Sailing on it. Swimming in it. Walking by it. Gazing at it. Perhaps the most common bond we who love Culver share is our interaction with and appreciation for Lake Maxinkuckee. We share that bond with Henry Harrison Culver who in an interview in 1893 described some of his earliest memories with the lake.
I spent the whole summer (of 1883) by the side of the lake. I fished nearly all day, and lived in a tent. When fall came, I was a different man, it had such a glorious effect on my health that I determined to acquire property here.Henry Harrison Culver
The Academies, of course, sprung from Mr. Culver’s energy and vision which in no small measure was inspired by his love of the lake. Mr. Culver certainly is not the only one who loved Lake Maxinkuckee. The Potawattomi who lived here for scores of generations prior to European settlers’ arrival certainly had a deep and abiding respect for the lake. Maxinkuckee is a 1,864 acre kettle lake created approximately 15,000 years ago by the receding glaciers. Kettle lakes are depressions in the earth’s crust left behind after partially buried ice blocks melt and the depression is filled with water. The lake is 2.6 miles long and 1.6 miles wide with a maximum depth of 88 feet and an average depth of 24 ft. Culver Academies is a founding member and strong supporter of the Lake Maxinkuckee Environmental Fund and Council. These nonprofit organizations, created in 1982, serve to steward the environmental health of the lake. Culver Academies staff and faculty have served continually on both the LMEF, which raises money and approves projects, as well as the LMEC, which identifies and implements environmental projects beneficial to the lake. For more information about this important organization, go here. http://www.lakemax.org/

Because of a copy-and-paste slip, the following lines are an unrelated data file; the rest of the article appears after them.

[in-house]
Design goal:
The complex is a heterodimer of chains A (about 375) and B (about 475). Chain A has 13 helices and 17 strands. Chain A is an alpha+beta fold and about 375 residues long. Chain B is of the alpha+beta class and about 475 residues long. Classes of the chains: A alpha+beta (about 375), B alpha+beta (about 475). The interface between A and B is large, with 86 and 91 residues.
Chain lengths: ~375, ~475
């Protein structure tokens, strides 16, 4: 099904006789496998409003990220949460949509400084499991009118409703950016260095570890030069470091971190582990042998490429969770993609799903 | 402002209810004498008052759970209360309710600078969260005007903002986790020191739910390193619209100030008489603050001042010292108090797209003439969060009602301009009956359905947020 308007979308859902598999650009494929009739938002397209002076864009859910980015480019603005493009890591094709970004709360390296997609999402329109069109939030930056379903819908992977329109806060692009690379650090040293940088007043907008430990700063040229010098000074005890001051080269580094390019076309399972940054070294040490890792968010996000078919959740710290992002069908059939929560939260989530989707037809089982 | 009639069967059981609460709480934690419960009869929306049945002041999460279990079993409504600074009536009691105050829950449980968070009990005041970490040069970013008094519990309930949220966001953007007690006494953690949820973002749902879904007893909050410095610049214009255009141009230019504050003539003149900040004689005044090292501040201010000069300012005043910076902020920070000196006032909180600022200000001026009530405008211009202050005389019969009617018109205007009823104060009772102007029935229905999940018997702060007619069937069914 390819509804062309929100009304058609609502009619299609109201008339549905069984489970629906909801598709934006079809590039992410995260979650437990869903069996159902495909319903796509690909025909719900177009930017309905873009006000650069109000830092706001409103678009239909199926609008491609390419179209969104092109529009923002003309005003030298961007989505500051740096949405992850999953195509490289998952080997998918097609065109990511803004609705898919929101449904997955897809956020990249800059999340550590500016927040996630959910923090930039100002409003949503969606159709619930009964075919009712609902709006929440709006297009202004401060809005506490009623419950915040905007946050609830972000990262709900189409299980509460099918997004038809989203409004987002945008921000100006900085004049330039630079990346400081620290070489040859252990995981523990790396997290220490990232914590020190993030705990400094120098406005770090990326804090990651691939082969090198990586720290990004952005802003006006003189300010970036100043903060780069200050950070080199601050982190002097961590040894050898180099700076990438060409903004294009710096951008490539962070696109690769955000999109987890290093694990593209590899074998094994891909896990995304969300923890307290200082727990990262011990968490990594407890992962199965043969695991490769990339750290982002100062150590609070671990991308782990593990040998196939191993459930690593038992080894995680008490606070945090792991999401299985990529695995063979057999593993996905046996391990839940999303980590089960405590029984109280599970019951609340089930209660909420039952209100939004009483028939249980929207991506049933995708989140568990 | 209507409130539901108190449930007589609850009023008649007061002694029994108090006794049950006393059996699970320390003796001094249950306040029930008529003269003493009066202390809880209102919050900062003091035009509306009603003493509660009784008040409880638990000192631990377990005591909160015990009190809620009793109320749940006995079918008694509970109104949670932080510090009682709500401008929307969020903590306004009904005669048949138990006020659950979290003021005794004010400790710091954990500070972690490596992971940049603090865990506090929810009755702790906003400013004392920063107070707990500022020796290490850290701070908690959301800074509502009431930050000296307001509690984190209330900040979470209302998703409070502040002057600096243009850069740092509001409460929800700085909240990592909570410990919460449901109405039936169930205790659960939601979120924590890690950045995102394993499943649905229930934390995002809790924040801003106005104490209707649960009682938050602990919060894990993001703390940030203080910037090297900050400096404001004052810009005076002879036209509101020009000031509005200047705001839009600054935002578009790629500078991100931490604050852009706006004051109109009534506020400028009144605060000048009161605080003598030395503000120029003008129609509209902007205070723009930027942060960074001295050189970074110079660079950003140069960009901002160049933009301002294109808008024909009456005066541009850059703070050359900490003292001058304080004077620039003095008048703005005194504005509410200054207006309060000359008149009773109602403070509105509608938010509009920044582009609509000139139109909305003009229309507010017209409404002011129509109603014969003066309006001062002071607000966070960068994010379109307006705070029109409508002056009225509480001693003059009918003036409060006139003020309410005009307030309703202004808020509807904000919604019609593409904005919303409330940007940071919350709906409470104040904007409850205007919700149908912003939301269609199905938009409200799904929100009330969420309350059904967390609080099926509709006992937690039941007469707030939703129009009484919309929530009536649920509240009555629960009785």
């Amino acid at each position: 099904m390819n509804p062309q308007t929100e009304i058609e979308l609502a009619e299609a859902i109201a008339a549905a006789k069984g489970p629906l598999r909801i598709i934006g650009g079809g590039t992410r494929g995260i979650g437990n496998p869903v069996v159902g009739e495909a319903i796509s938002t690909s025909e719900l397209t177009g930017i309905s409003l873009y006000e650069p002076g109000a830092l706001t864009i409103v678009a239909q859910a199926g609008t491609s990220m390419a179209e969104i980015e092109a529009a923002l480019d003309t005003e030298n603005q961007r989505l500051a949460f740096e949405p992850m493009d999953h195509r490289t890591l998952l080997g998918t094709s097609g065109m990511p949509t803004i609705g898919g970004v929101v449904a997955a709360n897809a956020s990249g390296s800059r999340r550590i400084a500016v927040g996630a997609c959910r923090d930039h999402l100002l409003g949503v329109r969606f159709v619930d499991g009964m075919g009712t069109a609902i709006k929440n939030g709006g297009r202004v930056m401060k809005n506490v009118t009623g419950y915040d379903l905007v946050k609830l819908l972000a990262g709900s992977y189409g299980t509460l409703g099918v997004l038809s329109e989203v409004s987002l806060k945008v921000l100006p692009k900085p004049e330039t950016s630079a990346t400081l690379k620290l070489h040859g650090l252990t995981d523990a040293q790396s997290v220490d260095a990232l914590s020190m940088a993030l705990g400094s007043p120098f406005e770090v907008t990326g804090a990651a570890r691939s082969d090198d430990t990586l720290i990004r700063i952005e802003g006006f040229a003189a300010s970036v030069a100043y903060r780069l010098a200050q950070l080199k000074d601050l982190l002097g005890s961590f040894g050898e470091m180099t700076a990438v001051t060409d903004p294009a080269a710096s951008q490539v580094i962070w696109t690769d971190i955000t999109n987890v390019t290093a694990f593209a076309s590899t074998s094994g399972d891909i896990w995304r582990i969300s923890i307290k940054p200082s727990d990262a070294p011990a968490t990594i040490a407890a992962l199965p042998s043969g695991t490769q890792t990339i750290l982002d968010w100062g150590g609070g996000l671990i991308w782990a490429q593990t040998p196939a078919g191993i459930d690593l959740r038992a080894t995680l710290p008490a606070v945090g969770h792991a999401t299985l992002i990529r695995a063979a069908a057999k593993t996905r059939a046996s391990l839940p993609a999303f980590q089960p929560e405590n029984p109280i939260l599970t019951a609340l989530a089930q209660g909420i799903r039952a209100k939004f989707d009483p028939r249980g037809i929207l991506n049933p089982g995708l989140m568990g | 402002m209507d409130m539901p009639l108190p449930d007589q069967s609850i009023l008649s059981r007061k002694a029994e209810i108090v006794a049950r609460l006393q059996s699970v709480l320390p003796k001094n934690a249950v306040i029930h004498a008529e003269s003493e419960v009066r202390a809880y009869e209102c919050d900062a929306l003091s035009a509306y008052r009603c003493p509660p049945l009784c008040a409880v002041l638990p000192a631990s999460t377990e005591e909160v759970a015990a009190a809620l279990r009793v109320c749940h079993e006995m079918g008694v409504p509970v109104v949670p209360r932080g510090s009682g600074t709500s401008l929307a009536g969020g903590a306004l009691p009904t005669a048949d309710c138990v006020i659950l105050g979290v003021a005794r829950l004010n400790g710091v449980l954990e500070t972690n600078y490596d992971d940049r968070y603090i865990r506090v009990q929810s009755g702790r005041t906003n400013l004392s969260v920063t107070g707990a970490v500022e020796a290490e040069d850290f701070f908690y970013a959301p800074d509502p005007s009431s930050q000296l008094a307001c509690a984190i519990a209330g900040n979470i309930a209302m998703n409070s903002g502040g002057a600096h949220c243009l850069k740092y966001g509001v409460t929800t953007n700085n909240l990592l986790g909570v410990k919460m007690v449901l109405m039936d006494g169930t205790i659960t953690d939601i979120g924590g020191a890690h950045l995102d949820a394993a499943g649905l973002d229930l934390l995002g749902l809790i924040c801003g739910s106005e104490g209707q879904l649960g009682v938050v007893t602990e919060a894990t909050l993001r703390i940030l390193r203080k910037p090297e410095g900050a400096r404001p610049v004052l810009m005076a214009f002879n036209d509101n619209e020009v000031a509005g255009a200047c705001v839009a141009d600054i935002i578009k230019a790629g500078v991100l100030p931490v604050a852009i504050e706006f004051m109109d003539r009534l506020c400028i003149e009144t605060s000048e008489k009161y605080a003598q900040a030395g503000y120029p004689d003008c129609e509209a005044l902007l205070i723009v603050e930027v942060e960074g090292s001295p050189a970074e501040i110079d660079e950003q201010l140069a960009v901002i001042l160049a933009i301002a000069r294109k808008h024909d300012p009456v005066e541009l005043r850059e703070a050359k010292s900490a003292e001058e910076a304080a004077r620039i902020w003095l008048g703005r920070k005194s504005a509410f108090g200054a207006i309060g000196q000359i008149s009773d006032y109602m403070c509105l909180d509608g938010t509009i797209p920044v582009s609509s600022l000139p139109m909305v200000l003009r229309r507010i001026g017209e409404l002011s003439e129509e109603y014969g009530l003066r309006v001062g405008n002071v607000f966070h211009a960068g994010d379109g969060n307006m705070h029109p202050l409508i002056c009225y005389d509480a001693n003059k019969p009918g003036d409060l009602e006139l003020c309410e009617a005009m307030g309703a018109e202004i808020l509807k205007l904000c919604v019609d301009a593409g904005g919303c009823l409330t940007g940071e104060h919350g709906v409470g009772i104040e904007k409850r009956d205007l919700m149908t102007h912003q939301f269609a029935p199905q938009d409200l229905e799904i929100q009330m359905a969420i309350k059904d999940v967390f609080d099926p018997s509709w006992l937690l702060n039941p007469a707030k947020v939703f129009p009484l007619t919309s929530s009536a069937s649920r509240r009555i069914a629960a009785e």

The Lake is not the only significant natural area on Culver’s 1,800 acre campus. The 220 “Bird Sanctuary” is a conserved wooded area on the campus’ northern boundary. The “Bird” contains miles of horse and hiking trails, streams, wetlands and meadows. It is home to Culver’s ropes course, the Woodcraft Council Ring, horsemanship elements and, of course, many birds!
Culver’s pollinator prairie is a managed tall grass and forb-dominant prairie. Designed and installed with the support of the US Fish and Wildlife Service, the Indiana Dept of Natural Resources and Ducks Unlimited, the prairie provides habitat for important pollinator species like the Monarch butterfly and also serves as an outdoor classroom for both summer and winter students. The prairie is also home to Culver’s honey bee hive.